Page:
Friday, July 27, 2007

Talent

"There is no such thing as talent. What they call talent is nothing but the capacity for doing continuous work in the right way."
Winslow Homer


In my opinion, this is a pretty loaded statement, and I rankle at one particular part of it, the part about "the right way." What is your reaction?

7 comments:

Anonymous said...

Roy L. Smith said: "Discipline is the refining fire by which talent becomes ability."

BC

Deb Geyer said...

I take the "right" as being whatever is right for you. As a self-taught painter I don't think that Homer was suggesting there was only one way to do things.

The Idaho Beauty said...

BC, I like this better. I have no problem with the concept that raw talent isn't enough, that it has to be honed and nurtured. But that it does not exist at all? That just rote repetition (which is what I see implied in Winslow's statement)is all it takes? There's no soul in that, no soul in what it produces. No recognition that a person naturally can be better at one thing than another.

Deb, perhaps I reacted badly to his use of the term "right" because of the way the art quilt movement has had to buck the traditional quilting community's insistance of adhering to the traditional way of doing things, or in their mind, the "right" way. This has changed a bit over the years, as a better understanding of the genre has emerged. But initially, the traditional judges could not accepted uneven or large quilting stitches or alternate ways of finishing the edge of quilts. There was definitely a right and wrong way to do things in their minds, with no room for certain kinds of innovation.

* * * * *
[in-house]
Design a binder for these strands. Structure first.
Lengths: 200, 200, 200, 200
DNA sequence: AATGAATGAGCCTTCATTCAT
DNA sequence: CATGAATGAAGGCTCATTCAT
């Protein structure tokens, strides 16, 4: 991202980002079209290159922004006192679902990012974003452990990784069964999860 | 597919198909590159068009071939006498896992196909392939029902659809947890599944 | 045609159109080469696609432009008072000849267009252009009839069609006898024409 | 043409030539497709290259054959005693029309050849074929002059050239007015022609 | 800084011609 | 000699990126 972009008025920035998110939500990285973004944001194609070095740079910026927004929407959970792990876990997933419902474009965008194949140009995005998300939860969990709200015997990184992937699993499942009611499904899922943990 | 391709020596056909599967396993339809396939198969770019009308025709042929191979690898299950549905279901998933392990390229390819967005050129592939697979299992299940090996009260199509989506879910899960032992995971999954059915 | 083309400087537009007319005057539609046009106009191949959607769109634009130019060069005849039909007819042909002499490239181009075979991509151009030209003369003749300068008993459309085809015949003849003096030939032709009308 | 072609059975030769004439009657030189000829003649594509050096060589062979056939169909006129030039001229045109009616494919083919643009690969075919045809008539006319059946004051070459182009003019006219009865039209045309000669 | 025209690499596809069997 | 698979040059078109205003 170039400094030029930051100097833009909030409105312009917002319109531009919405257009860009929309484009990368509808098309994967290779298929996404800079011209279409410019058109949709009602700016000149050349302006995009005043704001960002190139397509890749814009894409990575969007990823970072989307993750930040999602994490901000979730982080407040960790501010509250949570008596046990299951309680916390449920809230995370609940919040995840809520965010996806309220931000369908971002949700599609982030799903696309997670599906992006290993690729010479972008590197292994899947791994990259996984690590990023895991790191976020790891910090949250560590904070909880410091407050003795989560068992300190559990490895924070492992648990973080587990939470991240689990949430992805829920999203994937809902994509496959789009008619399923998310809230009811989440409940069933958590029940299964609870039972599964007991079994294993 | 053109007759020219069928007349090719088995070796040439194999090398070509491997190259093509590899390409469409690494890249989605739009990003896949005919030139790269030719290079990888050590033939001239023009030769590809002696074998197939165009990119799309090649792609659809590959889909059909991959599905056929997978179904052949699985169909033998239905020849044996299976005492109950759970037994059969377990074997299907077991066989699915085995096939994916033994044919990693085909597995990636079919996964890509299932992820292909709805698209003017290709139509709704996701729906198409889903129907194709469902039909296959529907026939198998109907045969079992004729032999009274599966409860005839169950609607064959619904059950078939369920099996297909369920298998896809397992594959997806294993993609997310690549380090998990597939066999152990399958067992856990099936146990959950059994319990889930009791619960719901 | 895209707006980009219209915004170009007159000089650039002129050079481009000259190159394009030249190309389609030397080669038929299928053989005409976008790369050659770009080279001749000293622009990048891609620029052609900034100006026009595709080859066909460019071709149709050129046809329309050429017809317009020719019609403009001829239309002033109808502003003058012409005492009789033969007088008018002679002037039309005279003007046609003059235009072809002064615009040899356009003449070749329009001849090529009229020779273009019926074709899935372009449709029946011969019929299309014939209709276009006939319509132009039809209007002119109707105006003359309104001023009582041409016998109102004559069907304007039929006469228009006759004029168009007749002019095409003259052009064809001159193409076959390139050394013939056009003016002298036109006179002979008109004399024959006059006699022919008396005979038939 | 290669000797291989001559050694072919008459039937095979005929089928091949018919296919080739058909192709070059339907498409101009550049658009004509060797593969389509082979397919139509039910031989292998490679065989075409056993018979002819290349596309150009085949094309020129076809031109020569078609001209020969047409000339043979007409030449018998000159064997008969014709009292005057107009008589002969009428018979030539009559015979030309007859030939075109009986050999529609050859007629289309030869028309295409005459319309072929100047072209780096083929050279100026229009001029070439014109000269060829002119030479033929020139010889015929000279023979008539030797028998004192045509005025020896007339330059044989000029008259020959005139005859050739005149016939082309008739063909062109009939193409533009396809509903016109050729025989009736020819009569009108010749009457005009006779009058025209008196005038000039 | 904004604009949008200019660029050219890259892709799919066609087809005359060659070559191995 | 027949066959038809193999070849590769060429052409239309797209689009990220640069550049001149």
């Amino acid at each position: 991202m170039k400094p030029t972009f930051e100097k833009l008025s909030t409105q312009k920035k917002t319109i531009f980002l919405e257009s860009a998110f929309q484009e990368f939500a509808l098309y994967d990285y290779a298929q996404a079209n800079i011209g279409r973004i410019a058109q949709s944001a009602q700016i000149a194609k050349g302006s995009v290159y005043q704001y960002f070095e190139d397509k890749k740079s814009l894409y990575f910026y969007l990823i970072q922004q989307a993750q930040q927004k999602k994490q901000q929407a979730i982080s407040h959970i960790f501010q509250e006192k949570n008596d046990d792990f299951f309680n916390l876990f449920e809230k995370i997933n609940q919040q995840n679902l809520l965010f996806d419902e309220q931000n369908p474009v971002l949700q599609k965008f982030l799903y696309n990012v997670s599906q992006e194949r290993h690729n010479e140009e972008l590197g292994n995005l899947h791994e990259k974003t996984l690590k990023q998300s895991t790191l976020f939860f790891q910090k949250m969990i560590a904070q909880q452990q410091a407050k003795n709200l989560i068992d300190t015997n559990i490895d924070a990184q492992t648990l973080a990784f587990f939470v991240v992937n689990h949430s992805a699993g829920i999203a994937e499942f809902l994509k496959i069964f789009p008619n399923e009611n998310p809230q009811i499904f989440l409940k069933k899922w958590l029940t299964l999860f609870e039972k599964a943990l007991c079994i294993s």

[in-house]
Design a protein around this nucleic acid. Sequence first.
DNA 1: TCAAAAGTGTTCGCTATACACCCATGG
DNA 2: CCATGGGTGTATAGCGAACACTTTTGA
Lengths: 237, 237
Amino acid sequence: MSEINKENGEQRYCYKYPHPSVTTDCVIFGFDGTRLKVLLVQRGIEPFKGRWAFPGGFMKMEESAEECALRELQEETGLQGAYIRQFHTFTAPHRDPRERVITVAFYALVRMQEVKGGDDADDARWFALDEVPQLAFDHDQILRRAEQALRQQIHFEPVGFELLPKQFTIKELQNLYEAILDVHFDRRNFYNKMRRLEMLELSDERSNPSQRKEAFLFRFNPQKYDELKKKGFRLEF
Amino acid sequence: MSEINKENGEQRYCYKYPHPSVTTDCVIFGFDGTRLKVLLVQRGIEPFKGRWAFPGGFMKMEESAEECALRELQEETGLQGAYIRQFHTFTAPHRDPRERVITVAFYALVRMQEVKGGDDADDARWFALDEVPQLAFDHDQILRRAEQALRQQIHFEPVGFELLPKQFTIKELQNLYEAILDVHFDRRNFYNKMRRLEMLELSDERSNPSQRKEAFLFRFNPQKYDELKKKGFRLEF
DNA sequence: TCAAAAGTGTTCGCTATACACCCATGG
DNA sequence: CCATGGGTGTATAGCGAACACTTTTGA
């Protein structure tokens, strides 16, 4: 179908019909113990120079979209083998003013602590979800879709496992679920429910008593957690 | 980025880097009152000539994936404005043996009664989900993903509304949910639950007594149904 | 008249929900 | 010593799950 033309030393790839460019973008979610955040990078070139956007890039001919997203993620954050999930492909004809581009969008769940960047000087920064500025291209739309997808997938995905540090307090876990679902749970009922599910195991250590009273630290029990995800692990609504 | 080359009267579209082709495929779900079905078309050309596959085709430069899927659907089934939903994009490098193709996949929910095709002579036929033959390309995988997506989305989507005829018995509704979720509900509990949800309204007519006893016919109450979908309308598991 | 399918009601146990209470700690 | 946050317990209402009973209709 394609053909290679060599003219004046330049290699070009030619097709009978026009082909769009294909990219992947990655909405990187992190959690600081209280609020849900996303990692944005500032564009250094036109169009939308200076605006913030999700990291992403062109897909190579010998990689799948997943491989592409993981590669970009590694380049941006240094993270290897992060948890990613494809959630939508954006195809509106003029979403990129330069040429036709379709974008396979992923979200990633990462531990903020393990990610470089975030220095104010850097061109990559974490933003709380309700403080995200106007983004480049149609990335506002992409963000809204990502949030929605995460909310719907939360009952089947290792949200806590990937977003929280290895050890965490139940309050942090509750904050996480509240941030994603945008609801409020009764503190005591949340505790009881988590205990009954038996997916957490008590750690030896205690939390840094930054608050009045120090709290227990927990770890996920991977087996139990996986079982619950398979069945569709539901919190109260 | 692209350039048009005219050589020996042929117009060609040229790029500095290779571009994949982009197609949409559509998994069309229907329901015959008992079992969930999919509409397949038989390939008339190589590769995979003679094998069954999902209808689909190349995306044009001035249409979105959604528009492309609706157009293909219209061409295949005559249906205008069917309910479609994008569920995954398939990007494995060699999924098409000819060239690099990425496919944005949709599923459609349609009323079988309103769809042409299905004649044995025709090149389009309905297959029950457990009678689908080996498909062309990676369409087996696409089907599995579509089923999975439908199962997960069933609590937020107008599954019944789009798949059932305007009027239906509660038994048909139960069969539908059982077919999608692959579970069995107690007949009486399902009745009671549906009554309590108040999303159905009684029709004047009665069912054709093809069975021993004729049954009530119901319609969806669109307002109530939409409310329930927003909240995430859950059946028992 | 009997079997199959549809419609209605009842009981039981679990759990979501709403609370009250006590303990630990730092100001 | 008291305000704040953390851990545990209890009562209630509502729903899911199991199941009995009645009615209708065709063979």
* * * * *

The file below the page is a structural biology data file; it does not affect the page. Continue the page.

Alison Schwabe said...

I have a problem with 'continuous' in that quote, frankly. Talent combines vision and the demonstrated abilities to work through whatever processes are necessary to each the result invisioned at the start of each project. IMHO, people who consistently do this in their particular field we term 'talented'. There is a great BBC series "Visionaries" starting this week on BBC World - I saw the first program yesterday, taking a first look at Leonardo da Vinci, Mozart, Christopher Wren -mentioning Edison and Einstein and others - I predict this series is going to produce a lot of food for thought about this very subject.

margaret said...

Finding the "right" way involves continuous critical assessment - a sort of stepping back and drawing your own map of "how to get there".

Felicity said...

Sheila, I have a lot of trouble with these sorts of quotes. For a start, who are these people to make such pronouncements? I see many quilters have these quotes with their signatures and some of them make my blood boil. They appeal to those who like to dictate their black and white views onto others. No discussion. Here it is, one size fits all. But the world is not black and white. Those quotes are generally written by the author for the author! (IMHO!)

Anonymous said...

Critics at time didn't think too highly of his work. Have you considered the quote may have been more for them than other artists as in, 'Don't talk to me about talent, I'll tell you what talent is.'

Mad Max